Isn't this what Jesus called us to be? Isn't this why we are here? Should we ever become frustrated with people whom we observe as spiritually blind, we need to remind ourselves that we can be their eyes. We can show them generosity. We can lead them to experience our acceptance. We can demonstrate our willingness to hear their stories. We can patiently point with our words to alternatives that may have escaped them. We can show them how we laugh at our own mistakes. Through our smiles, we can reveal our joy.
Jesus called his disciples to be the eyes through which others may catch a glimpse of God. We do not have to change anyone, because we cannot. All we have to do is show up just as we are, and God will do the rest. When we love life, this wonderful gift that God gave us, it shows. The more it shows, the more our treasure will multiply.
THE CONGREGATIONAL PRAYER
Our lives are so full of surprises, O God. We come to you with our needs and often your voice is silent. We want our experiences to enhance our joy and many of them do not. We want those who claim to love us to do so in a particular way and they refuse. What a joyous awakening it is, O God, when understanding swirls within our spirits. Thank you for teaching us that true joy comes from being and not from receiving. Thank you for teaching us that we have no needs that will remain unmet when we invest ourselves in living. There are no experiences that will not change when we learn to see the gifts each of them offers. All people, without exception, can be loved just as they come. Heal our expectations of life, O God, so that we might become more faithful servants of Him who had no place to lay his head. Amen.
THE PASTORAL PRAYER
We thank you, God, that our lives are as varied as they are. You have equipped each of us with ways of expressing our love that are quite unique and wonderful. Some of us are naturally good listeners. Some of us love to talk. Some of us use our vocations as the place to be in ministry. We have learned that if we have an address book, we have a congregation.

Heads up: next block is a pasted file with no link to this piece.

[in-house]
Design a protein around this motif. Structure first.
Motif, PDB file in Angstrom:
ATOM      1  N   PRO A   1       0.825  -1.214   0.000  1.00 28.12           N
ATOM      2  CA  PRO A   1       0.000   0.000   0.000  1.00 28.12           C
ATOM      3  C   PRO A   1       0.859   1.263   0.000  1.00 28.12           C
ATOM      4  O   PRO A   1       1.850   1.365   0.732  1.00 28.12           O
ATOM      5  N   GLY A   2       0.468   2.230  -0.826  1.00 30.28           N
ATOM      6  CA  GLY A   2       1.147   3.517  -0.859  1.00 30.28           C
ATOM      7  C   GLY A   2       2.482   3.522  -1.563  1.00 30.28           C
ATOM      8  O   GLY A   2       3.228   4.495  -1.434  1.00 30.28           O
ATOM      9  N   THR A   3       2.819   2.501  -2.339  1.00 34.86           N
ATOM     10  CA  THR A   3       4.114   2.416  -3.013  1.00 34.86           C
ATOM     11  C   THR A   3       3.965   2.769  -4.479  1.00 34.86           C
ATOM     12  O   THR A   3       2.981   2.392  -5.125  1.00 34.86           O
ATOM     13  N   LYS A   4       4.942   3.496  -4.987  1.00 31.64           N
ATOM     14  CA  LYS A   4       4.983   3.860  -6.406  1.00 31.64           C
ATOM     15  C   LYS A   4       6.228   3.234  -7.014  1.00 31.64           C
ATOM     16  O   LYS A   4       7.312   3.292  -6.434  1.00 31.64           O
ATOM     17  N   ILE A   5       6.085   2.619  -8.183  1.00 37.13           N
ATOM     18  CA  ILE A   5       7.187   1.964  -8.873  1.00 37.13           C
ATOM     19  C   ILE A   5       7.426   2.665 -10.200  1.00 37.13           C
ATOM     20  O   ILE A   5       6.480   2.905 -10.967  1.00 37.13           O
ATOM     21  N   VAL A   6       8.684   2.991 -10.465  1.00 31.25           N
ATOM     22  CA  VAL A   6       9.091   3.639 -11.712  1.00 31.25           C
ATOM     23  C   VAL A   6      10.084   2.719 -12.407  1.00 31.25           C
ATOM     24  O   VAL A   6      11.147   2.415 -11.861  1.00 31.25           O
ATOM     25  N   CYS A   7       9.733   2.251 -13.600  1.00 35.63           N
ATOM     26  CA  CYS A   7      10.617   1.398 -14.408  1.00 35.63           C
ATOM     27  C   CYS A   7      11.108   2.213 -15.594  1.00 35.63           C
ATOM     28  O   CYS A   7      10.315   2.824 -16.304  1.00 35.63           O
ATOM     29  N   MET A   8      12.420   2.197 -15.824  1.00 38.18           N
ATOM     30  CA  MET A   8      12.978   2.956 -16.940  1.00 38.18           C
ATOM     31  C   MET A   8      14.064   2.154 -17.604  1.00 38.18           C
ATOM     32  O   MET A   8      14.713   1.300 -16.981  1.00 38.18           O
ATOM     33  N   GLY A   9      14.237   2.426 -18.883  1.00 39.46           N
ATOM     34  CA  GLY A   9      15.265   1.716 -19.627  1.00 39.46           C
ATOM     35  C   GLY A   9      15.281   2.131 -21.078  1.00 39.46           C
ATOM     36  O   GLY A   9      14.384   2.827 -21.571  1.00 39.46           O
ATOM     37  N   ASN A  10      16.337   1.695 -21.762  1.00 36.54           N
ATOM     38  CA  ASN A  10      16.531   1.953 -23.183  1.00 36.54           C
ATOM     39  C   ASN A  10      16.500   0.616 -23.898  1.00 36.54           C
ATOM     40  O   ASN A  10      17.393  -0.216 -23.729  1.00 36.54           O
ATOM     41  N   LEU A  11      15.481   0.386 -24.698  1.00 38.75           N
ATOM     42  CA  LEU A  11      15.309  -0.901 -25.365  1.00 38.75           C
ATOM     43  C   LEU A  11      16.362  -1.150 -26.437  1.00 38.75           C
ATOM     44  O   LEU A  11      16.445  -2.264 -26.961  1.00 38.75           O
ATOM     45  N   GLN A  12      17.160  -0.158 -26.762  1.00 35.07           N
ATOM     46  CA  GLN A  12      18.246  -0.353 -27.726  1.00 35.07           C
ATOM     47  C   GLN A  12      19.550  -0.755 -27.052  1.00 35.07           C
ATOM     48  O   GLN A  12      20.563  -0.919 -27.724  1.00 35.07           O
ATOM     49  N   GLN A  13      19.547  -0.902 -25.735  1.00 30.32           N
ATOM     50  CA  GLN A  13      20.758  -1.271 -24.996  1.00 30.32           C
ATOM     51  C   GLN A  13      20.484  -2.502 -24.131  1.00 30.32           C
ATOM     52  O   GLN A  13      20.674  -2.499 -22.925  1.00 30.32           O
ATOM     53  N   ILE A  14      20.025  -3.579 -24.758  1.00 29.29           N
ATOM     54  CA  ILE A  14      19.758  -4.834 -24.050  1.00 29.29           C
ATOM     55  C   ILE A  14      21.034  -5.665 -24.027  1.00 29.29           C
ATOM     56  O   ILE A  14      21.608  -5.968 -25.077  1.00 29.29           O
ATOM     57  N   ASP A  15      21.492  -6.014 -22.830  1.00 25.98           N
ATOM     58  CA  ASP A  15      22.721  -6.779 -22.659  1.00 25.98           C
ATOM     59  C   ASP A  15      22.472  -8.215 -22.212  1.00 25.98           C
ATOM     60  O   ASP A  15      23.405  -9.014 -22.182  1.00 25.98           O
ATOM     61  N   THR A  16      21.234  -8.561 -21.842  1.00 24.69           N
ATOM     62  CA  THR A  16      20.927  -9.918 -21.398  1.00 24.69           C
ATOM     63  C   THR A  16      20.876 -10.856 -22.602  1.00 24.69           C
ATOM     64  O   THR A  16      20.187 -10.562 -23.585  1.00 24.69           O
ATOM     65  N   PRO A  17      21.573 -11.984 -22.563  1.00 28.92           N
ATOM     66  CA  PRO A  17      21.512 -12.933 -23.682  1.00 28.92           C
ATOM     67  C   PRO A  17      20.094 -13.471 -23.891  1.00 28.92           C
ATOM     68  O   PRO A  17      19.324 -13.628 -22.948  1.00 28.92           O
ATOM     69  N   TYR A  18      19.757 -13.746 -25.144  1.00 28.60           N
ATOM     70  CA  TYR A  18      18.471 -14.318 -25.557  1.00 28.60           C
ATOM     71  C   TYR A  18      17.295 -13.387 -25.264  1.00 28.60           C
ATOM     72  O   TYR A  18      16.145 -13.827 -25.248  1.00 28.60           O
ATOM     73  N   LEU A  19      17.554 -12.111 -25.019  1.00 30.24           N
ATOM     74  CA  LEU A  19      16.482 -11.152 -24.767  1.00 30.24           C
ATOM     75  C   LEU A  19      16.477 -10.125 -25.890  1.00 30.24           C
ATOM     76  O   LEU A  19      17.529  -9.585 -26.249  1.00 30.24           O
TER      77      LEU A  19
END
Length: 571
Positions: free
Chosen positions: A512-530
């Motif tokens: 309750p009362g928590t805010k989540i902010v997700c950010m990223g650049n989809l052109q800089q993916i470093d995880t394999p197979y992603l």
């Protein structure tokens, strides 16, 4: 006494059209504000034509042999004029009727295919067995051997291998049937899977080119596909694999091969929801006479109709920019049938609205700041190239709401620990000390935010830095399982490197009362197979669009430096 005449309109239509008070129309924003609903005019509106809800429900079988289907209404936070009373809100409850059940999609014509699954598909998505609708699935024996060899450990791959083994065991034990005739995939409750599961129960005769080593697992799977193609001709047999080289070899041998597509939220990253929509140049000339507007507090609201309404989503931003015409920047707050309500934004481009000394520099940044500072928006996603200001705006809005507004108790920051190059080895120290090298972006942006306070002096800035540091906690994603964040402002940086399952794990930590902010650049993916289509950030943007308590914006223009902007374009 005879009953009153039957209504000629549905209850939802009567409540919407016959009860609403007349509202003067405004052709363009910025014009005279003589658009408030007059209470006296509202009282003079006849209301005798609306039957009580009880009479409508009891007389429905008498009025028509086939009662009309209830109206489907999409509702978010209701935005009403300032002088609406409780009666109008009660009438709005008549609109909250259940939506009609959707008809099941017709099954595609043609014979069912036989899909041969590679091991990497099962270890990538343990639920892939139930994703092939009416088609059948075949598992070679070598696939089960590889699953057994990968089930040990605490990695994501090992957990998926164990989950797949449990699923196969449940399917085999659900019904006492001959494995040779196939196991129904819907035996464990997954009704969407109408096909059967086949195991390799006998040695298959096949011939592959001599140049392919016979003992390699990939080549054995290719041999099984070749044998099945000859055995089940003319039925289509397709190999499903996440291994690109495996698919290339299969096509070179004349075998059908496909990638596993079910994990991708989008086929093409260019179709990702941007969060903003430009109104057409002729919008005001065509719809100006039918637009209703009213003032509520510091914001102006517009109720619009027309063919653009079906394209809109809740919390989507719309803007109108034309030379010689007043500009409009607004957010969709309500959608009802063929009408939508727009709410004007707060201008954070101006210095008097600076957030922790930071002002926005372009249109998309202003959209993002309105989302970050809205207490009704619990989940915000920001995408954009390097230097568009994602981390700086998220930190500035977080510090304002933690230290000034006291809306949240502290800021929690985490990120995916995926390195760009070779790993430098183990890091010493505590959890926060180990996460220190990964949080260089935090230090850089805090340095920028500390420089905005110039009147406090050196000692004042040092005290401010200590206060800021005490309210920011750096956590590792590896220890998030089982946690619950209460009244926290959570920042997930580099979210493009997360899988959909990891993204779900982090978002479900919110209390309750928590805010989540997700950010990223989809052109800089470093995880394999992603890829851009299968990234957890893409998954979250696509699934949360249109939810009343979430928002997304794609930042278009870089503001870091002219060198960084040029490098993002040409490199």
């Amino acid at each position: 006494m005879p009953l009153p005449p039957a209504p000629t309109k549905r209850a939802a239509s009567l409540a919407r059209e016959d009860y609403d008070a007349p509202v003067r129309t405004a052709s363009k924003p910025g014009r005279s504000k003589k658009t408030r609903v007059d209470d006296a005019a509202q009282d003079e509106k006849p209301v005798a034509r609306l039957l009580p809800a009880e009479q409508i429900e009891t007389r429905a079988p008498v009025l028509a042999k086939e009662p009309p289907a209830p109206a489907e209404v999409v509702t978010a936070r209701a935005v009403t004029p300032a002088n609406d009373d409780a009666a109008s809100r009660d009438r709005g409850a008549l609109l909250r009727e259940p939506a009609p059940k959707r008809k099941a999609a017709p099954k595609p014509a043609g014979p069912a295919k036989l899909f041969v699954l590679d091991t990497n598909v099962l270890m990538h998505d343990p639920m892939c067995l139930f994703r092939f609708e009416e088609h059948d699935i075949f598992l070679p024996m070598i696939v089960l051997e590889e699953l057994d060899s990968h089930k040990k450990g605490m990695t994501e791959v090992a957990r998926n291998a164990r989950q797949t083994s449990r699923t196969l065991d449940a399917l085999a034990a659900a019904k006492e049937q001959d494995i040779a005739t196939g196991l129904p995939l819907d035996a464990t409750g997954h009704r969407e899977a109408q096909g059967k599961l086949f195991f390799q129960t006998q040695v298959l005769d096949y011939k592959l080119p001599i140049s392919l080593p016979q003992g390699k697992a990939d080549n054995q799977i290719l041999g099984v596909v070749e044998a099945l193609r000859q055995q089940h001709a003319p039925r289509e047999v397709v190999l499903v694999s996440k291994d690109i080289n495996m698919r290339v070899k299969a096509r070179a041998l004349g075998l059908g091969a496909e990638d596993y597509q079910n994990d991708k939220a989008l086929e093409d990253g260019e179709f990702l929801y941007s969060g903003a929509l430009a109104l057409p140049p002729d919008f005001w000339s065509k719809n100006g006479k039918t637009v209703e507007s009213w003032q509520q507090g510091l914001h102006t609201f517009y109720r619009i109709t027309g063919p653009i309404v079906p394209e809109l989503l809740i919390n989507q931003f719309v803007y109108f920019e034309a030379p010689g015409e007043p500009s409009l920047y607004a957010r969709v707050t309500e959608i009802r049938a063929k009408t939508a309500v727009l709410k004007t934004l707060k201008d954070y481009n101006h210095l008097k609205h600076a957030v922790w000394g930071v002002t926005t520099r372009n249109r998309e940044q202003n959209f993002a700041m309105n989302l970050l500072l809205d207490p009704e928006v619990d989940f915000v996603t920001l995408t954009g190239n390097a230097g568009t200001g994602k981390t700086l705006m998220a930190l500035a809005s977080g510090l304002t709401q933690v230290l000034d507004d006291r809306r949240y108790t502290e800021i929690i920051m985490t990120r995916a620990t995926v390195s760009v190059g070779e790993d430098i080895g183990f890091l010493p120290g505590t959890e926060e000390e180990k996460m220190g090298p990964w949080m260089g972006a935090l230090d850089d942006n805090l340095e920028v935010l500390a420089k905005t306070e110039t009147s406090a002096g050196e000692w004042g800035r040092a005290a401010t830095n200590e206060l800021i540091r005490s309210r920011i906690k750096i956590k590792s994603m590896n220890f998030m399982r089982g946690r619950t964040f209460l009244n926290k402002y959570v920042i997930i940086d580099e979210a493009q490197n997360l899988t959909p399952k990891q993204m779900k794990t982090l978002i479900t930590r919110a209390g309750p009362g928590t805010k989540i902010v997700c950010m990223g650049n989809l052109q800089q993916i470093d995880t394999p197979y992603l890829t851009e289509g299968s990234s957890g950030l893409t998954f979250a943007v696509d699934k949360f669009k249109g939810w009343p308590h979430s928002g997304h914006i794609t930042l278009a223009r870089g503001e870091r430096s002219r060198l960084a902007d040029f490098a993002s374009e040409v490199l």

We pray, dear Lord, that we will not ever trade what you have given us to do among people for the desires inspired by this world. Your Son once taught, "What good will it do if a person inherits everything in the world, yet through the process of acquiring, loses his or her understanding and purpose for living." Lead us away from thoughts that ultimately hurt us, so that your Kingdom might be more visible through us.
Today our thoughts extend from ourselves to those walking through the rapid changes in their lives brought about by the flooding in India or the earthquakes in Turkey. Almost every community in the world has the challenge placed before them of inviting citizens to hold each others' hands as they pull together to bring healing. How readily apparent it is that none of us is self-sufficient. All of us depend on each other every day to keep fears of scarcity away from our doorstep. May we realize that this is what your Kingdom is. May we understand that this is what love does.
Continue to nurture us so that your gift of life may multiply as it expands to reflect all the qualities you gave us. As we continue our growth together may the world we love become healed. We pray these thoughts through the spirit of Jesus who taught us to say when we pray . . .